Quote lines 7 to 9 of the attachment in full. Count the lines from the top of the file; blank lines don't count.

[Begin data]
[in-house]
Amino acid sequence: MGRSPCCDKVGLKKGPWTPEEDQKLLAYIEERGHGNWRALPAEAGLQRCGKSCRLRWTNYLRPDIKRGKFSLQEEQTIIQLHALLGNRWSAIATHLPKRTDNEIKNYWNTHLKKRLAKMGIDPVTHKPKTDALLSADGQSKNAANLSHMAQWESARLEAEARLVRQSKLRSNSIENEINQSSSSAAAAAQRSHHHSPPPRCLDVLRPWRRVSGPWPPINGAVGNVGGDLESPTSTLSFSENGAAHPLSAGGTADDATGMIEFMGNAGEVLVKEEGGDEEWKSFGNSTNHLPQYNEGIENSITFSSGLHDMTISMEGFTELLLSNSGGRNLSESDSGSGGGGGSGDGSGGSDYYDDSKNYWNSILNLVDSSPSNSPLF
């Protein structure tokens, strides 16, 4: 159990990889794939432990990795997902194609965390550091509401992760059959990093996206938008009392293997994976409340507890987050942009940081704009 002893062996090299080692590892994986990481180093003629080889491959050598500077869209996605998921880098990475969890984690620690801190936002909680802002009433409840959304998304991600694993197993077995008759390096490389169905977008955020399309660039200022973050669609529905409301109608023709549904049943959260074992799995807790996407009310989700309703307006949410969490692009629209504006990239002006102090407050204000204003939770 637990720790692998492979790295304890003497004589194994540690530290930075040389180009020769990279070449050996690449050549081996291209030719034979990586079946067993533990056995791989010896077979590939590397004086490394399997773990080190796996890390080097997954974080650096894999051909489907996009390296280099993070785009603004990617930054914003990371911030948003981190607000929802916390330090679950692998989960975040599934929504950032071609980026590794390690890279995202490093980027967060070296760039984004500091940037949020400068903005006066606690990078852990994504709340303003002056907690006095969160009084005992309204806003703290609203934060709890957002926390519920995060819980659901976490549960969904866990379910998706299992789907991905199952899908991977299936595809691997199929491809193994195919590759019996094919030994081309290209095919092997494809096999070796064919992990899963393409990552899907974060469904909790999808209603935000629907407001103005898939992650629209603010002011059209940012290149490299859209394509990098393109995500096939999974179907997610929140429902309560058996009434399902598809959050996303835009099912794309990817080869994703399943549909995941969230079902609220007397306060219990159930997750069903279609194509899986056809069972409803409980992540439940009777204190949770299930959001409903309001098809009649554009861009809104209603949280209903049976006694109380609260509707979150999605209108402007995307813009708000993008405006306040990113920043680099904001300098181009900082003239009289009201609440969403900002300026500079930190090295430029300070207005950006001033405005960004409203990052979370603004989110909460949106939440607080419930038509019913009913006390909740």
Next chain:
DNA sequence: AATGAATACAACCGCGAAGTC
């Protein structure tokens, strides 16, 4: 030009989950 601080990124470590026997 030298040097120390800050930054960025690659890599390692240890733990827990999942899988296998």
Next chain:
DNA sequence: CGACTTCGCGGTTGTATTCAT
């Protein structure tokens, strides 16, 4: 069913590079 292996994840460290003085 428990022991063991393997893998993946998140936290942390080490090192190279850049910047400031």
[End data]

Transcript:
Next chain:
DNA sequence: CGACTTCGCGGTTGTATTCAT
């Protein structure tokens, strides 16, 4: 069913590079 292996994840460290003085 428990022991063991393997893998993946998140936290942390080490090192190279850049910047400031």